Meeple Mechanic’s domain has expired, and nothing is hosted there anymore.

    The Boarding Kennel hasn’t updated since December 2015.

    Hope that helps, and thanks for putting this list together.

    Cheers,
    Adam

    1. Thank you so much for link checking, Adam! I’ve updated the post. This is exactly why I wait to see if reviewers can actually maintain their craft for a while before I send review copies to them. :)

  14. Hi Jamey!

    Thanks for a great audiobook on Audible and a great blog! I’m also listening to “Funding a Dream” by Richard Bliss, which is great stuff. My company will most likely be launching a Kickstarter campaign some time in October.

    Anyway, here is a question:
    You recommend sending out a press release 10 days in advance. I have experience of doing the same on our last campaign. What I experienced was that many posted articles about it 10 days before, and it got a lot of hype. However, the hype somewhat died out towards the launch date. Perhaps this could be solved by adding a news embargo?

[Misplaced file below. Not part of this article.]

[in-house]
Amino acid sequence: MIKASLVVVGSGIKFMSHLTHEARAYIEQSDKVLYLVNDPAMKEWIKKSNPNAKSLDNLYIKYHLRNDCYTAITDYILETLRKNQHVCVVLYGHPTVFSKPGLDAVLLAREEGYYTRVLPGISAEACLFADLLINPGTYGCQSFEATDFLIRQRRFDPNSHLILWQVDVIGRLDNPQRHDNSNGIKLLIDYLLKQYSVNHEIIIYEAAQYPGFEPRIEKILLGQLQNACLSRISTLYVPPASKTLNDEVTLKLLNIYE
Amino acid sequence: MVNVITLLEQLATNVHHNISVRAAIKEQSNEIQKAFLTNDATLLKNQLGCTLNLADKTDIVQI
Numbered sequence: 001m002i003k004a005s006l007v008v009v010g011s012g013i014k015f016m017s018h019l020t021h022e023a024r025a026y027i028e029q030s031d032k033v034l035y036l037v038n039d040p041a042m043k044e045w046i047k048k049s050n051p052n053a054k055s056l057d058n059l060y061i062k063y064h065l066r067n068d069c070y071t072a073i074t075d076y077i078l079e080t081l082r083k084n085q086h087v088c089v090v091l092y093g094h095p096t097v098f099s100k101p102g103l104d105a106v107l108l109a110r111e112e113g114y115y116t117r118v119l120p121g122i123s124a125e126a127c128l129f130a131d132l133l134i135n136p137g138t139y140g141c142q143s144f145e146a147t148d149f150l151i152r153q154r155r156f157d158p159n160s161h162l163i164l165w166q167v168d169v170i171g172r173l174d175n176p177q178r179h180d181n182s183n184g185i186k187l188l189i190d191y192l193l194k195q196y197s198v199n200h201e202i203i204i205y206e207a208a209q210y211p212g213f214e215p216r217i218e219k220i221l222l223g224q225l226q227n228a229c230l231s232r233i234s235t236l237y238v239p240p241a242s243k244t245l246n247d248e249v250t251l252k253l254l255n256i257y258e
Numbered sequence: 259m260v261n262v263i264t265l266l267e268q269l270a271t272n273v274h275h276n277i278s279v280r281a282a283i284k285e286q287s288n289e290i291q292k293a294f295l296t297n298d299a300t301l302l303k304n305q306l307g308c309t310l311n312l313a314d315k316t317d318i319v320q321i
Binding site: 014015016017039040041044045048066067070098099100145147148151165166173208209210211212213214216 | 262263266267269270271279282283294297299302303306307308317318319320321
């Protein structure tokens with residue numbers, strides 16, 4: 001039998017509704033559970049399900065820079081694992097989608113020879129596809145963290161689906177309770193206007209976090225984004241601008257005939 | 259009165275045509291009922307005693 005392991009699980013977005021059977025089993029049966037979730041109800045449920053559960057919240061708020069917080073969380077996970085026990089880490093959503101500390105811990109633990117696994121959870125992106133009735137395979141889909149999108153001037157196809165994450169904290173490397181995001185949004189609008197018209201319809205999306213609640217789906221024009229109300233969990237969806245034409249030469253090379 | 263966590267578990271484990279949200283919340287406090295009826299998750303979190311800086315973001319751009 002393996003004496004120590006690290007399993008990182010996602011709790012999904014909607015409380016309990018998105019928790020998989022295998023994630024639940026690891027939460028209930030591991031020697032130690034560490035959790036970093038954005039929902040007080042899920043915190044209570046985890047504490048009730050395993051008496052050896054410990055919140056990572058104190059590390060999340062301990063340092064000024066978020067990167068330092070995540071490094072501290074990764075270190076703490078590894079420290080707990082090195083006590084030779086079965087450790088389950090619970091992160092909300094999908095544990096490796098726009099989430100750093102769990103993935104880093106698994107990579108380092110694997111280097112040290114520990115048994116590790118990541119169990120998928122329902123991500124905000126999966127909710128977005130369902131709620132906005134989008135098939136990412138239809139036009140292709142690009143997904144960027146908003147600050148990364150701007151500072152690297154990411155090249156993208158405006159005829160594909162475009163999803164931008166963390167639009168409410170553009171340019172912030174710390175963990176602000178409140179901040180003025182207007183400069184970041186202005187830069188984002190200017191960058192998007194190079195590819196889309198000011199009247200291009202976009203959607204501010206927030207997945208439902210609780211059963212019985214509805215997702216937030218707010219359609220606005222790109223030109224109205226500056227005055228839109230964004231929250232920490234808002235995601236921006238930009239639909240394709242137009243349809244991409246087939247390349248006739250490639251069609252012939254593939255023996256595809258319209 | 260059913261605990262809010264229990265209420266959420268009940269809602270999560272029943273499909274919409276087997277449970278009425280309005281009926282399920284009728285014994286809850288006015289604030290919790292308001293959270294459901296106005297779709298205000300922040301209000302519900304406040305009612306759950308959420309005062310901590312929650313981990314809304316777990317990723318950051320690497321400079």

Another question:
    In another lesson you recommend revealing the project about 1 month ahead of time. Don’t you also risk many blogs writing about it, and that they don’t want to revisit the subject when you are actually launching the campaign?

    Last question:
    Would you recommend sending out new versions of the press release throughout the campaign? For example when the campaign has successfully been funded?

    Thanks a lot
    Cheers from Norway
    Aleksander

    1. I’m at Gen Con, so some quick answers: An embargo is fine. I’d still contact blogs in advance, though. I’d recommend only sending one announcement to retailers during the campaign, as you don’t want to pester them. :$